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Choir & Organ is the leading independent magazine for all professionals and amateurs in the choral and organ worlds – whether you are an organist, choral director or singer, organ builder, keen listener, or work in publishing or the record industry, Choir & Organ is a must-read wherever you live and work.

Every two months our expert contributors bring you beautifully illustrated features on newly built and restored organs, insights into the lives and views of leading organists, choral directors and composers, profiles of pioneering and well-established choirs, and topical coverage of new research, festivals and exhibitions. In keeping with our commitment to music at the cutting edge, we commission a new work from a young composer in every issue, making the score freely available for download and performance.

Our international news and previews, with breaking stories, key awards and forthcoming premieres, combine with reviews of the latest CDs, DVDs and sheet music, and listings of recitals, festivals and courses, to keep you up to date with events and developments around the world.


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Sir Philip Ledger (1937-2012)

20 November 2012

Sir Philip Ledger (r) with Sir David Willcocks (c) and Stephen Cleobury (l)
Sir Philip Ledger (r) with Sir David Willcocks (c) and Stephen Cleobury (l)Maggie Heywood

Sir Philip Ledger, who has died at the age of 74, had the unenviable task of ‘following that’ when in 1974 he became director of music at King’s College, Cambridge, in succession to David Willcocks, who had held the post since 1957; when he inevitably began to vary the diet of Willcocks arrangements in the Festival of Nine Lessons and Carols with a wider palette of works, including some of his own, he became the first director to whom choristers complained, ‘Sir, when are we going to do the real ones?’  King’s was a task to which Philip Ledger was well-suited – after taking a first class degree in music there, he became the youngest cathedral organist in the country at the time of his appointment at Chelmsford in 1961;  the East Anglian horizons of the Essex-born musician were widened when in 1965 he was asked to help found a music centre at the recently-established University of East Anglia in Norwich. With Aldeburgh as the epicentre of international music-making in the region, Ledger’s work brought him into the circle of Benjamin Britten and Peter Pears: he served as joint artistic director of the Aldeburgh Festival and made numerous appearances as conductor and keyboard player – he played Britten’s only solo organ work, the Prelude and Fugue on a theme of Victoria at the composer’s funeral in Aldeburgh Church in 1976. As a recording artist, Philip Ledger partnered ex-King’s tenor Robert Tear in Schubert’s Die Winterreise (ASV) and conducted Janet Baker in Fauré’s Requiem (EMI); his recording of Elgar’s Coronation Ode with Felicity Lott and his own Cambridge University Musical Society chorus, also for EMI, exploited to the full not only the brilliantly resonant acoustics of King’s College Chapel, but the full dynamic range of the digital recording medium.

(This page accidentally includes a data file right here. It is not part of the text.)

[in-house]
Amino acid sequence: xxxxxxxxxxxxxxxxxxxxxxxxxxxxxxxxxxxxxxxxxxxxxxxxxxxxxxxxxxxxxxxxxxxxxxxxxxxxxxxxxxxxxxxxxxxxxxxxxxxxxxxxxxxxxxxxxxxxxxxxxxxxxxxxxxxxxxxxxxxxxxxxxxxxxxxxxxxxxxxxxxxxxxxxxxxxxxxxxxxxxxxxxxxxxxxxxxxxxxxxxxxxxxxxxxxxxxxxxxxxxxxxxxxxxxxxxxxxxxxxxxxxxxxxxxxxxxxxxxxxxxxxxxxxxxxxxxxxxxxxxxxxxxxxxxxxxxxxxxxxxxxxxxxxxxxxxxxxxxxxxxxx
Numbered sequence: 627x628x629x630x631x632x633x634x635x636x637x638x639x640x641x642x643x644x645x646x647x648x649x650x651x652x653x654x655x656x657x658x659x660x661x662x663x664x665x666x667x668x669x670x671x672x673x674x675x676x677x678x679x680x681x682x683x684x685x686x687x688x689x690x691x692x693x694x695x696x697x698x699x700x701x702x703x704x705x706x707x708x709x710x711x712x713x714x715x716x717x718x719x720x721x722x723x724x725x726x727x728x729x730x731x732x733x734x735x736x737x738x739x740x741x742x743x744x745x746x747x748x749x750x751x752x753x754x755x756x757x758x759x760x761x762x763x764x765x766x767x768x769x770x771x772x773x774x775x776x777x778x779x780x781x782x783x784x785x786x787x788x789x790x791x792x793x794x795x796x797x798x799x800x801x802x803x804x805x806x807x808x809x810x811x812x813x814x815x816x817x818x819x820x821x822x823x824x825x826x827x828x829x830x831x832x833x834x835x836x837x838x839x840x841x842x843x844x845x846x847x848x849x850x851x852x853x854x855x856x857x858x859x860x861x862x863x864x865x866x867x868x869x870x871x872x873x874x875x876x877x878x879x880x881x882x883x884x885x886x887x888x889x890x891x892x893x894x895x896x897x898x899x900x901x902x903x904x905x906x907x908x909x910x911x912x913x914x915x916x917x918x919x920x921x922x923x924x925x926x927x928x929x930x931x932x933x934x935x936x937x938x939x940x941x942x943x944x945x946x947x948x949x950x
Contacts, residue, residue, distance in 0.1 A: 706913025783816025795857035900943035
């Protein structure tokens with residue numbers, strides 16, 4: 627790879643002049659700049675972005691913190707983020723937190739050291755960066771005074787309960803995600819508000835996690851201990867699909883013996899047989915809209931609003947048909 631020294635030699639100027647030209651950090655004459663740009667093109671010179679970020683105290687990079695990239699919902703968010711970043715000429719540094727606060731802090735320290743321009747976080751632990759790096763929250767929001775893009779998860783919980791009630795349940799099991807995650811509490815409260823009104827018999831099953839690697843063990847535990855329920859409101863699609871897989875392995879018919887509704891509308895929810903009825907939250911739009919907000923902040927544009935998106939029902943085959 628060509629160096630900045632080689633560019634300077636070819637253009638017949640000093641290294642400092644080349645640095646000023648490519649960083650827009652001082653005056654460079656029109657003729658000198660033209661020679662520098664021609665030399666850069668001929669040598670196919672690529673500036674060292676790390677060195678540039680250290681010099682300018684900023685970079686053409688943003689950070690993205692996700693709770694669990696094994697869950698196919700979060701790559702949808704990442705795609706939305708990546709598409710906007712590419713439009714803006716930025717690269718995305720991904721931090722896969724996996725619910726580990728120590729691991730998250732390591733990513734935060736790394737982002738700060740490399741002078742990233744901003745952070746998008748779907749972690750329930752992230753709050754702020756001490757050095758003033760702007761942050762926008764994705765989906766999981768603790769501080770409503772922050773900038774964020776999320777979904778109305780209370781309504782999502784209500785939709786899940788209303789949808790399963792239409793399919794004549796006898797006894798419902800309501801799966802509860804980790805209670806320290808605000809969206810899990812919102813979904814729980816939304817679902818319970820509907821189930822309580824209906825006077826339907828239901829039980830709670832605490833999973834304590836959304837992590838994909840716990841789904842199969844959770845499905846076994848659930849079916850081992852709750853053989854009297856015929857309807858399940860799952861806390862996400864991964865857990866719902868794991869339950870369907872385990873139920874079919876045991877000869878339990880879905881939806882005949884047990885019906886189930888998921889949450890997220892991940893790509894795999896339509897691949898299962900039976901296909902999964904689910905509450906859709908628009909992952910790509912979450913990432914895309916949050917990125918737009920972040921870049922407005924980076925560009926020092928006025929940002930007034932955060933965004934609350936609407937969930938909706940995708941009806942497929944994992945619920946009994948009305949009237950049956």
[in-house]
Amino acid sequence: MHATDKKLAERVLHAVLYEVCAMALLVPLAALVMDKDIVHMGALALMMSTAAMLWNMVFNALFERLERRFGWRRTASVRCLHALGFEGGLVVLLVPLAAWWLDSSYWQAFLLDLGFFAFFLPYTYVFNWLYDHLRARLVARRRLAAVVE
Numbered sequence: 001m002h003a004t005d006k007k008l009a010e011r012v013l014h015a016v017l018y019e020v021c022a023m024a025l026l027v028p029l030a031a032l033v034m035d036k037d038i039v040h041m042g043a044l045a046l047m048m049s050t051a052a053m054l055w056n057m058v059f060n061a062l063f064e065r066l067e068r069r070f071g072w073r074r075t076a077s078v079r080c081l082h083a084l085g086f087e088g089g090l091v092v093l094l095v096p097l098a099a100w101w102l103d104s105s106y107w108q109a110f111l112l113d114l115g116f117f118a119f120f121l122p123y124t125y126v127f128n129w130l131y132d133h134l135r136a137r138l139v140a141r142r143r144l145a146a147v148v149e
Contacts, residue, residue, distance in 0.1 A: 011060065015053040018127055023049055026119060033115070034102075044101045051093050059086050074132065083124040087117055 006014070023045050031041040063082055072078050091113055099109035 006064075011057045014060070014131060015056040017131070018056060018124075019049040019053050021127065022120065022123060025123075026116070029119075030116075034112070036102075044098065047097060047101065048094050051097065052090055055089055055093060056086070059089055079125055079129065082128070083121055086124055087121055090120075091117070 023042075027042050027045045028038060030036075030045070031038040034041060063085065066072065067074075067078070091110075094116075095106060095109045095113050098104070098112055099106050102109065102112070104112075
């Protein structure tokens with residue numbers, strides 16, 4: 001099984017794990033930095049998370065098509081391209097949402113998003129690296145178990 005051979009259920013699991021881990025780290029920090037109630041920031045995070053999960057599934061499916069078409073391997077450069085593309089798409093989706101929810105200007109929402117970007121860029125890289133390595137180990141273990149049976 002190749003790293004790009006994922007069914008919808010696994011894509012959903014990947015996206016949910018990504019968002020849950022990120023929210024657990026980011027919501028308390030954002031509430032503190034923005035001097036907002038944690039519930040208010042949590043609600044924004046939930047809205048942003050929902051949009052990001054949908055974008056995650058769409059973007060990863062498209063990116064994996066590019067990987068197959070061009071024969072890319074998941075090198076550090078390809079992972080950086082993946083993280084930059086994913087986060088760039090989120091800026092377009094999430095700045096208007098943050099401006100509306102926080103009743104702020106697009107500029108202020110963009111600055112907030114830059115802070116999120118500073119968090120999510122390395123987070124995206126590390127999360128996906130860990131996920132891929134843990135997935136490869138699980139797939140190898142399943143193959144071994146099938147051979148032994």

Ledger set a very high bar for all of the music-making around King’s; he modernised the sound of the Choir and left Cambridge in 1982 to succeed Sir David Lumsden as principal of the Royal Scottish Academy of Music and Drama in Glasgow, where he set about building a new £16m home for the institution. He was knighted in 1999; a lifelong writer, composer and editor, Sir Philip composed prolifically following his retirement in 2001, publishing his Requiem: A Thanksgiving for Life (2007), and The Risen Christ (2011). A setting of the Christmas story with five original carols, The Holy Child, was due to be premiered on December 16.

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